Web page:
Choosing a Professional Resume Format

Professional Resume Writing
There is a lot involved in creating a professional resume that is attention grabbing and lands interviews. Did you know that some job postings can bring in as many as 500-1,000 resumes? And, recruiters will spend between 10 and 30 seconds reviewing a resume with their primary goal being to whittle down the piles of resumes that they receive each day to a manageable stack of “keepers”. Obviously, there is a lot of competition out there from other job seekers vying for the same position.

You’ll need to start your resume writing by deciding on a format. There are essentially 3 different resume formats: the chronological resume, the functional resume and the combination resume. Each has its advantages and disadvantages which is explained below.

The Chronological Resume Format
The chronological resume format is the most common and the one that people are most familiar with. In the chronological format, each of your jobs and corresponding descriptions of responsibilities are listed in chronological order starting with the most recent job. Dates of each job are included on the resume and it usually includes a career objective section, skills & attributes section or profile section and an education section.

The Functional Resume Format
The functional resume format is not as common and most often recommended for people who have gaps in their work history or for those who have been out of the workforce for a while. What is most prominent about this resume format is the candidate’s skills, attributes and accomplishments. A career objective should also be included as well as any educational qualifications. The actual jobs however, do not include the dates. The career history section will typically be limited to a list of company names, location of each company and job titles. One advantage to using this format is that it usually shortens the length of a resume. If you’ve got a 25 year job history and several jobs where you’ve performed a lot of the same duties, you can imagine how lengthy (not to mention repetitive) your resume might get. The functional resume format is an effective way to reduce the number of pages that an employer will have to read and will make your application more impactful. The disadvantage to this resume format is that recruiters don’t like it. They get suspicious about your job history if no dates are included and may toss it in the garbage if it raises too many questions. Although, at one time I used a functional resume because in my chronological resume I had gaps in my work history that I suspected were keeping the phone from ringing with interview requests. I changed the format from chronological to functional and the phone started to ring! So, for the best of both worlds, you might want to try the combination resume if you’ve got gaps in your work history or have been out of the workforce for a while.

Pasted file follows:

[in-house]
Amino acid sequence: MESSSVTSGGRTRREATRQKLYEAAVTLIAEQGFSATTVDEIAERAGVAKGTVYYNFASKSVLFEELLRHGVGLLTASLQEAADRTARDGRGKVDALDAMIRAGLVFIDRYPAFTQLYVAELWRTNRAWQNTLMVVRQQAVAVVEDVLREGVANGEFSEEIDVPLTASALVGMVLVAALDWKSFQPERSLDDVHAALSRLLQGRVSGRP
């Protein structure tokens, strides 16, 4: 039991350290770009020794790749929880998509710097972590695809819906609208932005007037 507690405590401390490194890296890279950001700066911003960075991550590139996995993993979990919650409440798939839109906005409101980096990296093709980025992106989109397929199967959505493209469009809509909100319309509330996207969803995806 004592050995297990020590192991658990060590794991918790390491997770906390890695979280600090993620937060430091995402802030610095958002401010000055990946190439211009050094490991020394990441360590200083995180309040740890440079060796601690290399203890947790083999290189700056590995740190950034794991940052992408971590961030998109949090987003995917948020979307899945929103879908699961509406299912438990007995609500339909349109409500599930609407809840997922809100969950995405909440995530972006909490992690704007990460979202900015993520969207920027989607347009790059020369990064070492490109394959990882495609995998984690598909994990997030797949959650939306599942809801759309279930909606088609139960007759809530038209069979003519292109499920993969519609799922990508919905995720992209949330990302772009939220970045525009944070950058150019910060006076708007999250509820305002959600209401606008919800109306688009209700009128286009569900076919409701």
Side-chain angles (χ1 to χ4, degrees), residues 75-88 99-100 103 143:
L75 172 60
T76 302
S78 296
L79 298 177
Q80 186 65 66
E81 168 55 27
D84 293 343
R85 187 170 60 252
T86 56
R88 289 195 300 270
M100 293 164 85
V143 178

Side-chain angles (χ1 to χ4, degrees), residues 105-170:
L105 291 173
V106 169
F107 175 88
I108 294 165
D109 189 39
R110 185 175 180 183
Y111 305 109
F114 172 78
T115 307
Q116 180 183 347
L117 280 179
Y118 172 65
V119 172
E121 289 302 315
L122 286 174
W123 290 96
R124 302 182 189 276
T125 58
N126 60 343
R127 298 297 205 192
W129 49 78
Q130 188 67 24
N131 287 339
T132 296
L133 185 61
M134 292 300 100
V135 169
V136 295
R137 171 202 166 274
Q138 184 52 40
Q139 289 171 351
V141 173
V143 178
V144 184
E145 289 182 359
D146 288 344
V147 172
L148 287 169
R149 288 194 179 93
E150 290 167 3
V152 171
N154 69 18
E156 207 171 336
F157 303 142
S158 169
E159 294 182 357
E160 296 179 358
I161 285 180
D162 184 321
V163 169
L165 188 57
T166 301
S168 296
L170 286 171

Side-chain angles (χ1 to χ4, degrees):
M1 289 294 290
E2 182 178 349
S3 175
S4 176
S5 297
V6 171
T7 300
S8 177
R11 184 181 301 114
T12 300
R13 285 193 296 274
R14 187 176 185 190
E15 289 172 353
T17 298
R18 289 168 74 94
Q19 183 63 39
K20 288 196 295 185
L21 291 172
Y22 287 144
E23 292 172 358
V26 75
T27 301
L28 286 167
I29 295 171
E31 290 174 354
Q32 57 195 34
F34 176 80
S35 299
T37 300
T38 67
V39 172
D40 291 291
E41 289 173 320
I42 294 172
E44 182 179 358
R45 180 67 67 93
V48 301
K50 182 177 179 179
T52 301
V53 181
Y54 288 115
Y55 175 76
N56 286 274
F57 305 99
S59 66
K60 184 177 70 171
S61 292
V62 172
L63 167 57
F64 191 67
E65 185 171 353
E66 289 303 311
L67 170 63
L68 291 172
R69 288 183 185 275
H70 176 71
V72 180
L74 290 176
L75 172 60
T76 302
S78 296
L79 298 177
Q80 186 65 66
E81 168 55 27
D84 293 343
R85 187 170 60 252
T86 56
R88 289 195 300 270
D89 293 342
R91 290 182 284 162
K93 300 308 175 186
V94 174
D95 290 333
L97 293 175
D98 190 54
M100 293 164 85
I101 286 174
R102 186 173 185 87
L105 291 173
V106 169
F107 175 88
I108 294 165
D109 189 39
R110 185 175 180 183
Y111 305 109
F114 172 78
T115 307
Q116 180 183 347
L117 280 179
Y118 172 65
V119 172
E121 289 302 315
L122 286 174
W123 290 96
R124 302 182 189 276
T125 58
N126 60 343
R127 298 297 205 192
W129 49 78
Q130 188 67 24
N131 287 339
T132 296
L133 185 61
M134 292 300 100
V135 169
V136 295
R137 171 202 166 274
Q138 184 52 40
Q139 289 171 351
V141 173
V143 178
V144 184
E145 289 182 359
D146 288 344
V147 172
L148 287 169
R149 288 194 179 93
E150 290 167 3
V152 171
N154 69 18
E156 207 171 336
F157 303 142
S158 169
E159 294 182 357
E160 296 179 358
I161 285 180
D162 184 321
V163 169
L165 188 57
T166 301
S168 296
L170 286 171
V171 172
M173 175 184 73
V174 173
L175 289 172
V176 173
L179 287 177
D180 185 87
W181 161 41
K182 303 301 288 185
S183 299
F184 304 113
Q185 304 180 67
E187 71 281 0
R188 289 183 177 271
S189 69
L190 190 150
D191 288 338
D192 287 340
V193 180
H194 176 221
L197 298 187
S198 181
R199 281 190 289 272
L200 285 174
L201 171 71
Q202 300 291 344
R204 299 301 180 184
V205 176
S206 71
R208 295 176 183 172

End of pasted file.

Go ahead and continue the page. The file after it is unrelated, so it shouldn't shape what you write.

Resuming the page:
The Combination Resume Format
The combination resume as its name implies, combines the best of both the chronological resume and the functional resume. A functional resume format is followed but the job dates are included. The employer is primarily interested in knowing what value you can bring to the company so that if your first page (or the first 2/3rds) of your resume can effectively show what value you bring to the company, then any gaps may be overlooked in favour of bringing you in for an interview.



Source by Laura Whitelaw